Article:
, Atlas Vending closing track “A Boat to Drown In” was the album’s first official single and while continuing the band’s long-held reputation for crafting enormous, aural assaults centered around layers of distortion fueled powered chords, thunderous drumming, a mosh pit friendly hook and Eadkins urgent and howled vocals. But unlike their previously released material, “A Boat to Drown In” finds the band moving away from their grunge influences with their most expansive track to date, a track that finds them at their most oceanic. According to Eadkins, “A Boat to Drown in.” is “. . . about leaving a bad situation behind. About overcoming obstacles that once held you back, rising above and looking to a better future. The title refers to immersing yourself fully into what you love and using it as a sanctuary from negativity and a catalyst for change.”

Recently, the JOVM mainstays released a furious and urgent live version of “A Boat to Drown In” filmed as part of a live stream the band released last year at Toronto’s The Opera House that should serve as a reminder of their explosive live show — and of what many of us miss about live shows. Interestingly, with the release of the live footage, the members of METZ announced a co-headlining North American tour THIS fall with fellow JOVM mainstays Preoccupations. The tour will include two NYC area dates: December 9 at Elsewhere Hall and December 10 at Bowery Ballroom.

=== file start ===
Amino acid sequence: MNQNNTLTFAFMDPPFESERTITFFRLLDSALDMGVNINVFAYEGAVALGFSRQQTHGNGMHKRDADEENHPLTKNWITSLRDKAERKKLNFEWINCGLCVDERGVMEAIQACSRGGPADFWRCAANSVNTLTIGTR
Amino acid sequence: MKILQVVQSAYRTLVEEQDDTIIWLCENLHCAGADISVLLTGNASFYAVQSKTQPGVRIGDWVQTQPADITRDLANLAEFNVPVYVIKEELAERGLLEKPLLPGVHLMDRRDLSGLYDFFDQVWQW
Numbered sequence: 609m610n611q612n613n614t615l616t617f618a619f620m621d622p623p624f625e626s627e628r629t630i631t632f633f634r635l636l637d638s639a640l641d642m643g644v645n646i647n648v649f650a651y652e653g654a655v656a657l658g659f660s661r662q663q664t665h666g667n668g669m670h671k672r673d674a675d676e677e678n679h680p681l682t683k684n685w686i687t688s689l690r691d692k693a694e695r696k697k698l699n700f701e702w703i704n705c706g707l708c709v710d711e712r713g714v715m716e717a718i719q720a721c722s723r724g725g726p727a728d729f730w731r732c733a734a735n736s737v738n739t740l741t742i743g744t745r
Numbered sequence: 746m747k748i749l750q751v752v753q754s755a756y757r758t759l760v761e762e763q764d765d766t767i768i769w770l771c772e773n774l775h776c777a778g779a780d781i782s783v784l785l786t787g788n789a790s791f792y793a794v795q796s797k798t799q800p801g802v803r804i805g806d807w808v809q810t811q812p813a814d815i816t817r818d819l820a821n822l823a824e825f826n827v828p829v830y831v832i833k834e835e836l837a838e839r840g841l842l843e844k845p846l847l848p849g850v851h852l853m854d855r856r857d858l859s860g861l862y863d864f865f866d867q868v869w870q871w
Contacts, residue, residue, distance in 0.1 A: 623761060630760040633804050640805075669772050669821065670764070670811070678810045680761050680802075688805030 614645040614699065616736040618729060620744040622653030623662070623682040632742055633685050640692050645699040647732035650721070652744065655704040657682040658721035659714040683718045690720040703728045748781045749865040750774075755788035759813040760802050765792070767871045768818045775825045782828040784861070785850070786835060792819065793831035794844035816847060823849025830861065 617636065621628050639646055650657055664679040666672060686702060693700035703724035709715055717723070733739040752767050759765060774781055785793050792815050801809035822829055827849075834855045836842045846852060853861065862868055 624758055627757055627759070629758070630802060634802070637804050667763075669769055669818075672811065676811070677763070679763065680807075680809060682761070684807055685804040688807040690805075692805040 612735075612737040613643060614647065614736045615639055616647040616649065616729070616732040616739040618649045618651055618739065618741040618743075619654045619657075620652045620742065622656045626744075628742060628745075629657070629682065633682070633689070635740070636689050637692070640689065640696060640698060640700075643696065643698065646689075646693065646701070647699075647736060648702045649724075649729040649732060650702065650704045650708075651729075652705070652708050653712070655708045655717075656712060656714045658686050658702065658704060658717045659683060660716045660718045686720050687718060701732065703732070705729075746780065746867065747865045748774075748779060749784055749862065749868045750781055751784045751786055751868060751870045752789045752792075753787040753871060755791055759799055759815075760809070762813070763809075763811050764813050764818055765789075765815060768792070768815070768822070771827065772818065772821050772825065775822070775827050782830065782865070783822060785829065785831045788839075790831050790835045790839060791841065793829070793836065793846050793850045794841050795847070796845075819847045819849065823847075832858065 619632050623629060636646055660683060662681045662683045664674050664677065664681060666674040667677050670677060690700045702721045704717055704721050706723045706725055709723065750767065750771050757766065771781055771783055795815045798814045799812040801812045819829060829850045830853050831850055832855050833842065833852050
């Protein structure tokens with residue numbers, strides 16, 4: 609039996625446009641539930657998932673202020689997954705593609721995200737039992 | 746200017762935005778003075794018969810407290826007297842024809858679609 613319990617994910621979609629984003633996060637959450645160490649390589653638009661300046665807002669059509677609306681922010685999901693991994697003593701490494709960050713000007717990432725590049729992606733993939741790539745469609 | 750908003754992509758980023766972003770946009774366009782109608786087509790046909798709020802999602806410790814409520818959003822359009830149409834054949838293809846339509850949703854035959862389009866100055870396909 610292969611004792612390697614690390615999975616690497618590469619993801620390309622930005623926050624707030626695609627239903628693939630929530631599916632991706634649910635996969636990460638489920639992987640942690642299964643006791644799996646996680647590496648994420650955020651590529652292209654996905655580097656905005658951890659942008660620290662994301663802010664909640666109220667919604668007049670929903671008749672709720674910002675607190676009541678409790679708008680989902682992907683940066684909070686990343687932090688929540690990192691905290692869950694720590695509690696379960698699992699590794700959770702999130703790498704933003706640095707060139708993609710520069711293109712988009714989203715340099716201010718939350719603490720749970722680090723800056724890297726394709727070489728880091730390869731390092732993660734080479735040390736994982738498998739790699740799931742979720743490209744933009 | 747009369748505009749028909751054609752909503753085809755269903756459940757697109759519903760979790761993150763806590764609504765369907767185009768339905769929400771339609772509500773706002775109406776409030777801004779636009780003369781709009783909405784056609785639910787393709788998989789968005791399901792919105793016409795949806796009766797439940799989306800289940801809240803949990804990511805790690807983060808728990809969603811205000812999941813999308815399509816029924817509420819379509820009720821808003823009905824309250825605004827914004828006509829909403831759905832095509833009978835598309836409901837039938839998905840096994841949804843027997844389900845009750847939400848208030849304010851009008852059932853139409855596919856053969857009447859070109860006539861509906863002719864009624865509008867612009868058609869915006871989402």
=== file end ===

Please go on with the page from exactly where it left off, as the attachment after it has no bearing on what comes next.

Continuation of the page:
April and May 2022 sees the Canadians touring across the European Union.

“We are incredibly excited to be announcing a real in-person tour for later this year!” METZ’s Alex Eadkins says in press notes. “We cannot wait to share Atlas Vending with you and to reconnect with our musical friends and family worldwide.”

Toronto-based electronic act Holy Fuck — Brian Borcherdt, Graham Walsh, Matt McQuaid and Matt Schultz — have a long-held reputation for playing by their own rules, never being overly concerned about chasing the limelight or after genre-based trends. They’re also known for employing the use of instruments and non-instruments including a 35mm film synchronizer, toy keyboards and toy phaser guns to achieve electronic-sounding effects without the use of laptops, programmed backing tracks, splicing and so on.
Last year, I wrote about two singles off acclaimed electronic act’s soon-to-be released fifth album, Deleter:  “Luxe,” which managed to be both the first bit of new material from the act since the release of 2017’s Bird Brains EP. Clocking in a little over six minutes, the song can trace its origins back to a spontaneous encore jam at Luxembourg, Belgium. As the story goes, once they had the early elements of the track worked on in the studio, they sent it to to their good friend and casual musical mentor Kieran Hebden, best known as Four Tet, who picked the early version of “Luxe” as a standout. The Canadian quartet then invited Hot Chip’s Alexis Taylor to contribute vocals. Taylor not only jumped at the opportunity but went to Jack White‘s Third Man Studio in Nashville to record his vocals on White’s 1947 Voice-O-Graph.